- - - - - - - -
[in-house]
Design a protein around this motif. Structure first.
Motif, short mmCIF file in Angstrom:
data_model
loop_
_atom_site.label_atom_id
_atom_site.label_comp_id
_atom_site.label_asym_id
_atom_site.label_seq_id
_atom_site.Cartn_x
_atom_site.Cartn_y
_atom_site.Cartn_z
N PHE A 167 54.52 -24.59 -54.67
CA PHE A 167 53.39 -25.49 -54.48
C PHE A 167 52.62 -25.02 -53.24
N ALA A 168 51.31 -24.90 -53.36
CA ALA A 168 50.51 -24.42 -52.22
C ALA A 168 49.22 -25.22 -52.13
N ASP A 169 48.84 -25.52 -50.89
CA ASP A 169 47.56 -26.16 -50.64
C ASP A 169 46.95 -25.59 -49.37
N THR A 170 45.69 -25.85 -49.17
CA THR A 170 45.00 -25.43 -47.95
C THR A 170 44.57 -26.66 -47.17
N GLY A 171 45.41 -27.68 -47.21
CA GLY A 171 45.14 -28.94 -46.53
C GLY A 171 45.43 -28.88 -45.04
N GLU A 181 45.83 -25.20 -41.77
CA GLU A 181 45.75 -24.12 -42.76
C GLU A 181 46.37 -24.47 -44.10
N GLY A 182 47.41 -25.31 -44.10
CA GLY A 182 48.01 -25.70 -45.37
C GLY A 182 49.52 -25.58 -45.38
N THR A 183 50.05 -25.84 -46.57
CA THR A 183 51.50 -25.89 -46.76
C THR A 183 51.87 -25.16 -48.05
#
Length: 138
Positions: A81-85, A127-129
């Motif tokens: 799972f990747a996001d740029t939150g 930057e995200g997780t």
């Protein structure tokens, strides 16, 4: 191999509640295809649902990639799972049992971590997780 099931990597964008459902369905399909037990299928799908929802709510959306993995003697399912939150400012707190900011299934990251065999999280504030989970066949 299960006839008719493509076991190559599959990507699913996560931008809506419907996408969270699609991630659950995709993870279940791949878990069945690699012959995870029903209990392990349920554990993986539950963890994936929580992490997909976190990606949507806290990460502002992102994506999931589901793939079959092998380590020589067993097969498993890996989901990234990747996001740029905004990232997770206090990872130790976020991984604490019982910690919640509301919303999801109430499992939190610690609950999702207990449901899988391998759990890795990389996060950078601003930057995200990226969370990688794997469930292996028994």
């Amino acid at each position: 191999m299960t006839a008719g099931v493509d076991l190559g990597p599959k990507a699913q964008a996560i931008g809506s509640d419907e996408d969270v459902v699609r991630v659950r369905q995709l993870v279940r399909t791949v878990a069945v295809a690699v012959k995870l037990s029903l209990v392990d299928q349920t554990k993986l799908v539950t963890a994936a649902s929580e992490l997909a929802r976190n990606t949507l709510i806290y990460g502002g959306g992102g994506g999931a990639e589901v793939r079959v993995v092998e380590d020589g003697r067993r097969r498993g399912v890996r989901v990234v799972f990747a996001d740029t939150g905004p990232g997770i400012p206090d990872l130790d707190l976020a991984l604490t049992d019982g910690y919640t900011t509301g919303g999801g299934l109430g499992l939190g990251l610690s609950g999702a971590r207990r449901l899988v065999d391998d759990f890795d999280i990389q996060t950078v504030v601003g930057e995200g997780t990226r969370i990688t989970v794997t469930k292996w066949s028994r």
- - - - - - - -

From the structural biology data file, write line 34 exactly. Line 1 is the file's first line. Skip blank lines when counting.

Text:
N THR A 183 50.05 -25.84 -46.57